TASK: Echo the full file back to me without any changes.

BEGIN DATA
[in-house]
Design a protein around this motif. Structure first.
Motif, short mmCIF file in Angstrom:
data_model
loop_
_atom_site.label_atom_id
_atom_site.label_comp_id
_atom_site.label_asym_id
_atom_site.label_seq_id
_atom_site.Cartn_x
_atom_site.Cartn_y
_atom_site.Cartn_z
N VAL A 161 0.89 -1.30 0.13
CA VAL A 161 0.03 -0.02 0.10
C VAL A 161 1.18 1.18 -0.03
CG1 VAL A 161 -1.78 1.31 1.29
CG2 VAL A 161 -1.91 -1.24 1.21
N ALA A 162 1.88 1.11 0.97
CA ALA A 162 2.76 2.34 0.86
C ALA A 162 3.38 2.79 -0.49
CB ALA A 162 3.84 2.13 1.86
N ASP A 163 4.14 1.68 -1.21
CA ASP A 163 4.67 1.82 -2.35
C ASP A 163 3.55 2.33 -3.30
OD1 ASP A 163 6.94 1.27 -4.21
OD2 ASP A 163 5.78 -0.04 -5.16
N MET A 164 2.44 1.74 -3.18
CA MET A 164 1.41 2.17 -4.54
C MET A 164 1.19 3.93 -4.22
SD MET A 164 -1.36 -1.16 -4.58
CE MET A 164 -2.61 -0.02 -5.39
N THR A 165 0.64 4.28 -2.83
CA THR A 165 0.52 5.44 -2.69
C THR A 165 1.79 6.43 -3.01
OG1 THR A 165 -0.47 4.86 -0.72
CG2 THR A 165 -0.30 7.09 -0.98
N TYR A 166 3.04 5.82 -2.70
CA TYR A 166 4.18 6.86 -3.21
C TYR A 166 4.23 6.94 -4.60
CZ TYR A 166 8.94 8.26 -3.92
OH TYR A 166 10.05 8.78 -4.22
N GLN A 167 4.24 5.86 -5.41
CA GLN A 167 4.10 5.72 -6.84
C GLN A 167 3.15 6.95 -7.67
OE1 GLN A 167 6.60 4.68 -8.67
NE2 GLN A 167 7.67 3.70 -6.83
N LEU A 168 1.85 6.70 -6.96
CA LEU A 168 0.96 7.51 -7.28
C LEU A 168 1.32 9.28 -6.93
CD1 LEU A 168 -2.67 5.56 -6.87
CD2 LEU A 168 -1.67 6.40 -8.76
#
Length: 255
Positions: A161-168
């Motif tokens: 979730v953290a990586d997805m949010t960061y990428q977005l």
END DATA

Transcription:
[in-house]
Design a protein around this motif. Structure first.
Motif, short mmCIF file in Angstrom:
data_model
loop_
_atom_site.label_atom_id
_atom_site.label_comp_id
_atom_site.label_asym_id
_atom_site.label_seq_id
_atom_site.Cartn_x
_atom_site.Cartn_y
_atom_site.Cartn_z
N VAL A 161 0.89 -1.30 0.13
CA VAL A 161 0.03 -0.02 0.10
C VAL A 161 1.18 1.18 -0.03
CG1 VAL A 161 -1.78 1.31 1.29
CG2 VAL A 161 -1.91 -1.24 1.21
N ALA A 162 1.88 1.11 0.97
CA ALA A 162 2.76 2.34 0.86
C ALA A 162 3.38 2.79 -0.49
CB ALA A 162 3.84 2.13 1.86
N ASP A 163 4.14 1.68 -1.21
CA ASP A 163 4.67 1.82 -2.35
C ASP A 163 3.55 2.33 -3.30
OD1 ASP A 163 6.94 1.27 -4.21
OD2 ASP A 163 5.78 -0.04 -5.16
N MET A 164 2.44 1.74 -3.18
CA MET A 164 1.41 2.17 -4.54
C MET A 164 1.19 3.93 -4.22
SD MET A 164 -1.36 -1.16 -4.58
CE MET A 164 -2.61 -0.02 -5.39
N THR A 165 0.64 4.28 -2.83
CA THR A 165 0.52 5.44 -2.69
C THR A 165 1.79 6.43 -3.01
OG1 THR A 165 -0.47 4.86 -0.72
CG2 THR A 165 -0.30 7.09 -0.98
N TYR A 166 3.04 5.82 -2.70
CA TYR A 166 4.18 6.86 -3.21
C TYR A 166 4.23 6.94 -4.60
CZ TYR A 166 8.94 8.26 -3.92
OH TYR A 166 10.05 8.78 -4.22
N GLN A 167 4.24 5.86 -5.41
CA GLN A 167 4.10 5.72 -6.84
C GLN A 167 3.15 6.95 -7.67
OE1 GLN A 167 6.60 4.68 -8.67
NE2 GLN A 167 7.67 3.70 -6.83
N LEU A 168 1.85 6.70 -6.96
CA LEU A 168 0.96 7.51 -7.28
C LEU A 168 1.32 9.28 -6.93
CD1 LEU A 168 -2.67 5.56 -6.87
CD2 LEU A 168 -1.67 6.40 -8.76
#
Length: 255
Positions: A161-168
């Motif tokens: 979730v953290a990586d997805m949010t960061y990428q977005l």